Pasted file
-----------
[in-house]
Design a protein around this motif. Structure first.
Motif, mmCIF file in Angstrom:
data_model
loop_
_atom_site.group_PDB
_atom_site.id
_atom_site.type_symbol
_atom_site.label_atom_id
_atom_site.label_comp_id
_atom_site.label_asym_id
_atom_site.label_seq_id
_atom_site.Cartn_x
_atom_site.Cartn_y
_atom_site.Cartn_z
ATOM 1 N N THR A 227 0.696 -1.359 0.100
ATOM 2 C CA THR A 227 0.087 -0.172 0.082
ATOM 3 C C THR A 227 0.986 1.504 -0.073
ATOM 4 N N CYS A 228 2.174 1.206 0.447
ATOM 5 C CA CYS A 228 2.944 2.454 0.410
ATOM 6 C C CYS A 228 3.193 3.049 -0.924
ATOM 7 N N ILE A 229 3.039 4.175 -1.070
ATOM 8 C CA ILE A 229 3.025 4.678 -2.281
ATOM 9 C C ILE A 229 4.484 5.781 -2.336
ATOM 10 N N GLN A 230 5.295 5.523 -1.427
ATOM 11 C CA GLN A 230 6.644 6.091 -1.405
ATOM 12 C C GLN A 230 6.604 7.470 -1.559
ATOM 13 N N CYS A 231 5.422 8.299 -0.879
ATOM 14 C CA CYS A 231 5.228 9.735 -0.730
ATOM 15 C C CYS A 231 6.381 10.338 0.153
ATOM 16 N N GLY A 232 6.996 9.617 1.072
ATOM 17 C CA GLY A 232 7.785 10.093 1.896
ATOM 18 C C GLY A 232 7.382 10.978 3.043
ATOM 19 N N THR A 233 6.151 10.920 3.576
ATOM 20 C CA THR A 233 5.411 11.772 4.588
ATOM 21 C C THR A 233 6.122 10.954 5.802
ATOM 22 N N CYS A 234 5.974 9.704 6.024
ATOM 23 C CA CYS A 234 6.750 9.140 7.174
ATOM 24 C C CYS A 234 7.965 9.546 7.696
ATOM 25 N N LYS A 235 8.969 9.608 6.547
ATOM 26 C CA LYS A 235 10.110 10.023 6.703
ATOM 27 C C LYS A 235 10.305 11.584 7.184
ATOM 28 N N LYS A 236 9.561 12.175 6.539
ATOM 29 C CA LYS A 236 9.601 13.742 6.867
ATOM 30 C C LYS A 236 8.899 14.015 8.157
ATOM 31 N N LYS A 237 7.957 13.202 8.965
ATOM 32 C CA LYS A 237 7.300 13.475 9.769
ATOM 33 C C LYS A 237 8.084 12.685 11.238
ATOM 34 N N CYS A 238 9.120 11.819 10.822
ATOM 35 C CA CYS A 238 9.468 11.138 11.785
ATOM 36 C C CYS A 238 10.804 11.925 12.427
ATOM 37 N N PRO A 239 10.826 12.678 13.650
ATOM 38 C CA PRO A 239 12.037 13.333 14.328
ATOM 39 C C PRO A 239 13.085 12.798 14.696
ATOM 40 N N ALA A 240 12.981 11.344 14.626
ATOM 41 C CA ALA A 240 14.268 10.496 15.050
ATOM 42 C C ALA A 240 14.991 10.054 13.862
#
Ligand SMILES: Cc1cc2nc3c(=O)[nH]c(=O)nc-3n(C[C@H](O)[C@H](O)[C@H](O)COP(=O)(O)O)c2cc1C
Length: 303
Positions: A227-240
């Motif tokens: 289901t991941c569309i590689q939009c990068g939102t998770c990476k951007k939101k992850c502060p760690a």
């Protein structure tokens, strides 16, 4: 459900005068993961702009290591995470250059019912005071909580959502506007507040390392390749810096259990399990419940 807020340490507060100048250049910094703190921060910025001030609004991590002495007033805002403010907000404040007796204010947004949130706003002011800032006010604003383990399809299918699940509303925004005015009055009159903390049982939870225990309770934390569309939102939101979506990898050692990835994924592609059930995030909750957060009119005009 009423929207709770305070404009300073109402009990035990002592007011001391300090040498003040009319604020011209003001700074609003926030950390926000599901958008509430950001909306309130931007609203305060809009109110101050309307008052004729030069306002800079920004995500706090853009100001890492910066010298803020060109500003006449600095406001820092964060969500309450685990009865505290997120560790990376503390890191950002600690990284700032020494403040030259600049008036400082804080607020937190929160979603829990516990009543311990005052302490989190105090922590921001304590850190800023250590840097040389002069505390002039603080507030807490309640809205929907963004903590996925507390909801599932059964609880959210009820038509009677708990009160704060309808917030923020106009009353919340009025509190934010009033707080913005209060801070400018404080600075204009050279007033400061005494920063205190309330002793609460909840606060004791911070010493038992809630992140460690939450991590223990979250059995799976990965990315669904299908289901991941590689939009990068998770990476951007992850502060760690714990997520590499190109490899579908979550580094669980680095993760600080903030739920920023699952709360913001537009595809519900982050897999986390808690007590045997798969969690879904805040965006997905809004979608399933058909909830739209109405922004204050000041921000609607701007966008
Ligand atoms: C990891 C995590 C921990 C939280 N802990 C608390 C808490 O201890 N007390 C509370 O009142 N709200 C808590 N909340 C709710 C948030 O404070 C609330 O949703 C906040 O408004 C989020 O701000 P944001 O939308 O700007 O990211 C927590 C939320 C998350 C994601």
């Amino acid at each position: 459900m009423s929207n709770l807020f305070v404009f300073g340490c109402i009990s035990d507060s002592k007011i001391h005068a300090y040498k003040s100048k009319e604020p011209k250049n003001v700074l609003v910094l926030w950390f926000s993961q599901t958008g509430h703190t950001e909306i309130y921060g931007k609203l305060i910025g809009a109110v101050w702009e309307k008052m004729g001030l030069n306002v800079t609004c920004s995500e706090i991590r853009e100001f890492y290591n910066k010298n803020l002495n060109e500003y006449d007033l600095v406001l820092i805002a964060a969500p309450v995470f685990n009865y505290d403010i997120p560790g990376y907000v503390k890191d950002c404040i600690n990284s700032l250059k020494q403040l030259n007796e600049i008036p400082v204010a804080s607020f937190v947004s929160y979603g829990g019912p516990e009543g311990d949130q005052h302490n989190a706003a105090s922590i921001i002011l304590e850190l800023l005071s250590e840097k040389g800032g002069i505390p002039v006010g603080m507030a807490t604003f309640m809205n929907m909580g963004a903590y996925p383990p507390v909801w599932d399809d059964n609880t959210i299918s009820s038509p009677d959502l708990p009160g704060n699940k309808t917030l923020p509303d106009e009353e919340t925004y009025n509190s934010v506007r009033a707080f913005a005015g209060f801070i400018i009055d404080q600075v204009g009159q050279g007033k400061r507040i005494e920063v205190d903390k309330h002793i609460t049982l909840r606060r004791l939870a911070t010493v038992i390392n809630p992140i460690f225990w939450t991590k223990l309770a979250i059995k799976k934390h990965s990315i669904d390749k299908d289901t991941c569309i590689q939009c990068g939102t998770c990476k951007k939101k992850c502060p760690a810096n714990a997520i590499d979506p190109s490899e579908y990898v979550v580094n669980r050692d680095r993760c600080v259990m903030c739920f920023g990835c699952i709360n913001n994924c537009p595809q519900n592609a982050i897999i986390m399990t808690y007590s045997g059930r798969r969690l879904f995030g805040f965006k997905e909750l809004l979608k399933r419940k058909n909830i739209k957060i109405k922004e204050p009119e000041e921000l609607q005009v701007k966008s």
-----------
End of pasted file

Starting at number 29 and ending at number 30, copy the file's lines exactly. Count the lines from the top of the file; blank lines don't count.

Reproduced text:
ATOM 14 C CA CYS A 231 5.228 9.735 -0.730
ATOM 15 C C CYS A 231 6.381 10.338 0.153